But there are some similarities in the teachings and theologies and ritual practices, such as miracle-birth stories and prophecies and blood atonement and baptism and other symbols to be found in earlier religious traditions. These "similarities" are legitimate, and actually indicate still further that the miracles of Jesus are truly unique and singular to the Christ belief, not to be found in earlier religious traditions, even though some other elements can be found from the earlier traditions. This is important -- why is it that much of Christian symbolism can be traced back to earlier Jewish and pagan origins, but not the miracle acts of Jesus? Why was so much borrowed, but this one part -- his power to perform the miracle acts -- was not?

    You can find Jesus-like apocalyptic sermons in the earlier Jewish texts, you can find the communion ritual in the Qumran Community, also baptism, and blood atonement rituals, and preaching hellfire and judgment (e.g., Book of Enoch) -- there are many "similarities" to be found, but there are no miracle acts in the earlier traditions which explain where the Jesus healing miracles or the Resurrection came from. Many attempts are made to find earlier examples of such miracles and resurrections, but when you ask for the written text or documentation for them, there is virtually nothing.


    We've been over this in the past and it gets old.
    So, why don't you do something new and give an example of an "older myth" resembling Jesus in the Gospels? instead of just repeating the same clichés with no examples. You claim there are the "older myths" which the Jesus stories are based on, so instead of just repeating this talking point which you said in a dozen earlier posts without naming one "older myth" example, why don't you get serious and name one "older myth" -- other than the one I named (II Kings 4:42-44) by doing your homework for you, which is the single sole example -- resembling a Jesus miracle act. I.e., provide the ancient text for the "older myth" for comparison, so we can determine if there's really a similarity.

    The evidence keeps accumulating: As you continue to insist that the Jesus miracle stories are derived from something earlier ("older myths"), and yet you also continue to give NO example of anything earlier, showing such derivation, you're just adding further to the evidence that the Jesus miracles must have really happened, because nothing can be found to explain where they came from (if they are fiction), no matter how hard you try to find the "older myths" or insist that they have to be there.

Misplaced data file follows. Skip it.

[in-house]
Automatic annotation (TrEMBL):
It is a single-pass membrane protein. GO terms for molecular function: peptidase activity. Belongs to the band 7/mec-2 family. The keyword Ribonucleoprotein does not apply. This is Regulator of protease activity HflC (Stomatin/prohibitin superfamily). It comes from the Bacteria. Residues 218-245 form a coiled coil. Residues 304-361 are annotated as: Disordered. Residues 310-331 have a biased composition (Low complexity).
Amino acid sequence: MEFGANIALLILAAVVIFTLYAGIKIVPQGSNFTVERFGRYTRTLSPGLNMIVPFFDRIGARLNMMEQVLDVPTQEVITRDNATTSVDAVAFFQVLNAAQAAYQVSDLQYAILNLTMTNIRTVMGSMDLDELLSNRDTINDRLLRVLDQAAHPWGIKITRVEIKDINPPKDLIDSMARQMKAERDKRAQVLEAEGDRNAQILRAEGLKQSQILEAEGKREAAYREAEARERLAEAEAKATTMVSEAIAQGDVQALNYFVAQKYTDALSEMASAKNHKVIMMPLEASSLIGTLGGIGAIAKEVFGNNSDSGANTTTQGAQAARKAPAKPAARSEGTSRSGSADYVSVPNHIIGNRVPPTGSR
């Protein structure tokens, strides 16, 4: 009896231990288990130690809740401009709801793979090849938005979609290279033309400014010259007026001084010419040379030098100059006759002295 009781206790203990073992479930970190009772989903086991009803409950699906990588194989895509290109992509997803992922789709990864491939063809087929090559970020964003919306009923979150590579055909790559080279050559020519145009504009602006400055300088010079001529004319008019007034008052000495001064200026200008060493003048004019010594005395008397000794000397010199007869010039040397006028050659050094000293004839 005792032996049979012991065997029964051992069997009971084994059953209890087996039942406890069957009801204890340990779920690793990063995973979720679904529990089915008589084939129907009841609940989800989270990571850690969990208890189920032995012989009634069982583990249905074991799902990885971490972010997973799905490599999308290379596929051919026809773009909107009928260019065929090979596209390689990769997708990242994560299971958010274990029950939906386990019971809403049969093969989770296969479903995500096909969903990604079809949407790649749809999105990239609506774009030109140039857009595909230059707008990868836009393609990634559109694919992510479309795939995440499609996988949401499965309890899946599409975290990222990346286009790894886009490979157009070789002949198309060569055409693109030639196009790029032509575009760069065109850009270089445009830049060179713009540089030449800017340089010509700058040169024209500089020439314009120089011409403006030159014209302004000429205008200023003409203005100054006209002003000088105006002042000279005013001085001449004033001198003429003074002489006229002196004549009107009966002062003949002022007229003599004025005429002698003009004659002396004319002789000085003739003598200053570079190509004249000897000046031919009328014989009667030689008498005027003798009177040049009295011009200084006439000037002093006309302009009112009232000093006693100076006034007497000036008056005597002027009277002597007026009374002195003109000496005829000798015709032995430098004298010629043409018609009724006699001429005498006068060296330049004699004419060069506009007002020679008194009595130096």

So the conclusion is: the best explanation how these accounts could exist is the one which says those miracle acts actually did happen, because there's no other way to explain how we have this evidence or these written accounts saying the events happened. Unlike other miracle claims of the period for which there is no evidence or documentation in the historical record.
    Last edited by Lumpenproletariat; 07-18-2019 at 06:47 PM.

  9. Top | #629
    Elder Contributor Keith&Co.'s Avatar
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    Quote Originally Posted by Lumpenproletariat View Post
    Why can't you name ...? Why can't you cite ....?
    Oh, man, you're STILL doing that? You were doing that five years ago.
    A three-step version of simply declaring victory in the face of a loss.

    Five years ago, everyone learned that there's just no point in putting in the effort to name, to cite, to dig up the references.
    You'd make a claim. People would counter the claim with examples.
    You'd make a similar claim, totally ignoring the response.
    Then when people made a counter-post, you'd leap on the apparent hole. "Why can't you name these examples!!??!"
    Apparently, counter examples don't count if we don't list the entire citation every single post we make.
    And you ignore the posts where the counters are listed, so they still don't count.

    But it becomes clear to everyone who
    1) has an attention span greater than an alcoholic touring a distillery
    2) doesn't have a vested interest in your side of the argument
    ...that you're wrong, but unwilling to actually face the facts of the matter.

    The only question I have is whether this is a conscious tactic or a subconscious reflex going on.
    But then, I only care enough to turn off 'ignore' once every two years or so...
    There may be no meaning to this world, but that does not mean that what I do is meaningless.